• The permanence of the Church's place in the new creation.
  • God is the source of her life and fruit.
  • The Church continues to glorify God in her fruitfulness.
  • Applying the eschatalogical nature of Psalm 1 to the tree of life also shows, once again, that the Church has endured while the wicked were carried away like chaff, just as was promised in Psalm 1. God has kept his promise to save His Church and to carry away the wicked in judgment.
I don't necessarily think that this interpretation is harmed by 22:14 which says that the blessed will "have the right to the tree of life." It is possible for the Church to be the tree of life and for the blessed individuals to have the right to that tree.

If someone else has a better understanding of these two verses, I would love to hear it. This is the best I could do without a commentary helping me out. Either way, doesn't it seem like there is enough of a similarity between these two verses that at least someone would have at least mentioned this in a commentary at some point?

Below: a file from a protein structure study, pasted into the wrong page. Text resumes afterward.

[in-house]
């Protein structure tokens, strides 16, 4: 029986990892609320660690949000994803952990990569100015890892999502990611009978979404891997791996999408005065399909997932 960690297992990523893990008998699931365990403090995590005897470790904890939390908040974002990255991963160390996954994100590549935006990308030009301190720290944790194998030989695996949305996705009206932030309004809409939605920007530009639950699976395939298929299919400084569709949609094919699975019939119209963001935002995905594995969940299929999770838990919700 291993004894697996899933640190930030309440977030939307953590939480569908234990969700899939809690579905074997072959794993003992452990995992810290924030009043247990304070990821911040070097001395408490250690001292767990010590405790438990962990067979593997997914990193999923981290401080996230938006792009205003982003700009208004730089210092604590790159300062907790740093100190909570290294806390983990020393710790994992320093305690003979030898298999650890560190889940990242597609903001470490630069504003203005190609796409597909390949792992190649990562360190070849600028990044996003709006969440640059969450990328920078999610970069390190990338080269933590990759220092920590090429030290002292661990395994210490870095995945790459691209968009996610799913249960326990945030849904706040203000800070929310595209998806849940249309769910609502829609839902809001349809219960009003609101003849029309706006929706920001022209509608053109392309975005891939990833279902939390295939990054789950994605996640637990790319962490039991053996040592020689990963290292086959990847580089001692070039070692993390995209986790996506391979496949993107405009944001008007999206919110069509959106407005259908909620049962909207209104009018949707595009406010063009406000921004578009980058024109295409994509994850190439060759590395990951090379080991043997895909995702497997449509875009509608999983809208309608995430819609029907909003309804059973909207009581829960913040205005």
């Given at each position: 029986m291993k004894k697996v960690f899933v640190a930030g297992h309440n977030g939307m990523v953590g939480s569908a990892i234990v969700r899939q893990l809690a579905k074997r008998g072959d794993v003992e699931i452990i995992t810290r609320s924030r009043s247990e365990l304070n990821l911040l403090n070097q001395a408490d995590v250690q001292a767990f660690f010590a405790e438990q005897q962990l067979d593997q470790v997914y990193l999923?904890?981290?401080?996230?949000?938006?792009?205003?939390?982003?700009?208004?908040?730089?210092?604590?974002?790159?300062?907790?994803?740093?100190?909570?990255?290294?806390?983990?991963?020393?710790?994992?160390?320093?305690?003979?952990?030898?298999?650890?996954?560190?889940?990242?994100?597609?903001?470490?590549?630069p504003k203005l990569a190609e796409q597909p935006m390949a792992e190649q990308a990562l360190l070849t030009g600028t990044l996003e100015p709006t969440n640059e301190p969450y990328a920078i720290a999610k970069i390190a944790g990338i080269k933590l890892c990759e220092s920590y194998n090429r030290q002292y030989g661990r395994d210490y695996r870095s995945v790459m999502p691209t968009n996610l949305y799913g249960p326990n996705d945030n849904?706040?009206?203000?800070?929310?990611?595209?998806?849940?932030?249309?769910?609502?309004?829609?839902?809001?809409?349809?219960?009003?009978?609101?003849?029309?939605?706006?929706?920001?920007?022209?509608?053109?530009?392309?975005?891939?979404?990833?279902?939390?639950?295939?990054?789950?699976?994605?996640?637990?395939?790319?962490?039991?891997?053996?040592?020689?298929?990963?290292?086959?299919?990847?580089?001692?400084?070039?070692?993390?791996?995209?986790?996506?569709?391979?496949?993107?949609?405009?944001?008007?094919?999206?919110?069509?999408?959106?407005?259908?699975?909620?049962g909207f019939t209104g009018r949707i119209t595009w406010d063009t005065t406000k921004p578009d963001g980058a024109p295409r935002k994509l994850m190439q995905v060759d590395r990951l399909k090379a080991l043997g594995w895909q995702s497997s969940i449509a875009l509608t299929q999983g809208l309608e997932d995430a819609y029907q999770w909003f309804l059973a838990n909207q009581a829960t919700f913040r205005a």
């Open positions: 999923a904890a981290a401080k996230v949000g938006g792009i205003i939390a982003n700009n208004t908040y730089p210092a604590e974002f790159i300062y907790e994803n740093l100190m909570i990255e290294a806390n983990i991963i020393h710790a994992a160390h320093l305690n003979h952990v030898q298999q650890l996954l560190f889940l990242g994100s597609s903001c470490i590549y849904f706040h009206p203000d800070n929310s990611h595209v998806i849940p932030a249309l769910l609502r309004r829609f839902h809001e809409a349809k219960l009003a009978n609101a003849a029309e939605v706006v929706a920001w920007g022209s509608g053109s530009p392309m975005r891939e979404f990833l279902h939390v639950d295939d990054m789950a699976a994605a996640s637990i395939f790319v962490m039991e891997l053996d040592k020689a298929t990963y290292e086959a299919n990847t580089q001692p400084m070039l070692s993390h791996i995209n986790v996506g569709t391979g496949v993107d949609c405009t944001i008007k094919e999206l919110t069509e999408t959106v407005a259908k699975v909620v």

Wednesday, May 11, 2011

A Christian Perspective on the Film Black Death

Black Death enjoyed a very limited release in theaters, and very quickly appeared on DVD and Blu-Ray. I was initially a little reticent to see Black Death. Uber-gritty, gory horror-type films just aren't up my alley, and I must admit that after reading some reviews of this film, I decided that this movie was something more than just a cheap exploitation flick. Plus, it looked a little bit like that awful Nick Cage movie Season of the Witch. I went into this film still expecting a disgusting, thoughtless movie and left having enjoyed a complex exploration of religious violence and the things that motivate people - Christian and pagan alike.